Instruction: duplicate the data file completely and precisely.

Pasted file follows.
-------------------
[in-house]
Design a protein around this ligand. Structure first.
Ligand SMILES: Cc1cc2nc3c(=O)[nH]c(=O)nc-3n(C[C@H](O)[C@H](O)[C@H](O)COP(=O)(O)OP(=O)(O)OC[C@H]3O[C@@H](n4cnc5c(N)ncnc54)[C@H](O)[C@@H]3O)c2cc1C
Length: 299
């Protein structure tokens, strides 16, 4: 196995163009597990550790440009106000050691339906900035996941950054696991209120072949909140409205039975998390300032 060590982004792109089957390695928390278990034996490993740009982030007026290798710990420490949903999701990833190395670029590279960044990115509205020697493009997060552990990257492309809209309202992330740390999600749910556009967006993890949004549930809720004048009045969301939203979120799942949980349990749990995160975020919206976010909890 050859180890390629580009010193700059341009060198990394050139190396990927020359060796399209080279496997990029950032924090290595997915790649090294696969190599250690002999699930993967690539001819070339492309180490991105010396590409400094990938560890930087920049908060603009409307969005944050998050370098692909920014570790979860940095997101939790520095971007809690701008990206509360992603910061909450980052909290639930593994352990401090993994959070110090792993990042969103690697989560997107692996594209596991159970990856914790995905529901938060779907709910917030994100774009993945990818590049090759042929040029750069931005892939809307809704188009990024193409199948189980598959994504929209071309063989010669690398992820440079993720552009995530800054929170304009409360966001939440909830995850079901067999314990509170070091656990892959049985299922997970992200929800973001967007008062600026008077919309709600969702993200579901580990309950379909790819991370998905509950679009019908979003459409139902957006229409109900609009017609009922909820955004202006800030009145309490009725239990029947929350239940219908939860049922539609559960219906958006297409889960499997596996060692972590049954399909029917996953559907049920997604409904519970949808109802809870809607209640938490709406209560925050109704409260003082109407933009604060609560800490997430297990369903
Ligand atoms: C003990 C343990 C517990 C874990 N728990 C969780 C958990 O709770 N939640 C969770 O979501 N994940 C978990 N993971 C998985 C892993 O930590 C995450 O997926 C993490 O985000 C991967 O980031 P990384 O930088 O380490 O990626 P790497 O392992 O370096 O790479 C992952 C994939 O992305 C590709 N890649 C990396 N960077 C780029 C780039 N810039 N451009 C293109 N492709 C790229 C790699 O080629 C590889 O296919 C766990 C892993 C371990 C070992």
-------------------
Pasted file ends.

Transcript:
[in-house]
Design a protein around this ligand. Structure first.
Ligand SMILES: Cc1cc2nc3c(=O)[nH]c(=O)nc-3n(C[C@H](O)[C@H](O)[C@H](O)COP(=O)(O)OP(=O)(O)OC[C@H]3O[C@@H](n4cnc5c(N)ncnc54)[C@H](O)[C@@H]3O)c2cc1C
Length: 299
């Protein structure tokens, strides 16, 4: 196995163009597990550790440009106000050691339906900035996941950054696991209120072949909140409205039975998390300032 060590982004792109089957390695928390278990034996490993740009982030007026290798710990420490949903999701990833190395670029590279960044990115509205020697493009997060552990990257492309809209309202992330740390999600749910556009967006993890949004549930809720004048009045969301939203979120799942949980349990749990995160975020919206976010909890 050859180890390629580009010193700059341009060198990394050139190396990927020359060796399209080279496997990029950032924090290595997915790649090294696969190599250690002999699930993967690539001819070339492309180490991105010396590409400094990938560890930087920049908060603009409307969005944050998050370098692909920014570790979860940095997101939790520095971007809690701008990206509360992603910061909450980052909290639930593994352990401090993994959070110090792993990042969103690697989560997107692996594209596991159970990856914790995905529901938060779907709910917030994100774009993945990818590049090759042929040029750069931005892939809307809704188009990024193409199948189980598959994504929209071309063989010669690398992820440079993720552009995530800054929170304009409360966001939440909830995850079901067999314990509170070091656990892959049985299922997970992200929800973001967007008062600026008077919309709600969702993200579901580990309950379909790819991370998905509950679009019908979003459409139902957006229409109900609009017609009922909820955004202006800030009145309490009725239990029947929350239940219908939860049922539609559960219906958006297409889960499997596996060692972590049954399909029917996953559907049920997604409904519970949808109802809870809607209640938490709406209560925050109704409260003082109407933009604060609560800490997430297990369903
Ligand atoms: C003990 C343990 C517990 C874990 N728990 C969780 C958990 O709770 N939640 C969770 O979501 N994940 C978990 N993971 C998985 C892993 O930590 C995450 O997926 C993490 O985000 C991967 O980031 P990384 O930088 O380490 O990626 P790497 O392992 O370096 O790479 C992952 C994939 O992305 C590709 N890649 C990396 N960077 C780029 C780039 N810039 N451009 C293109 N492709 C790229 C790699 O080629 C590889 O296919 C766990 C892993 C371990 C070992």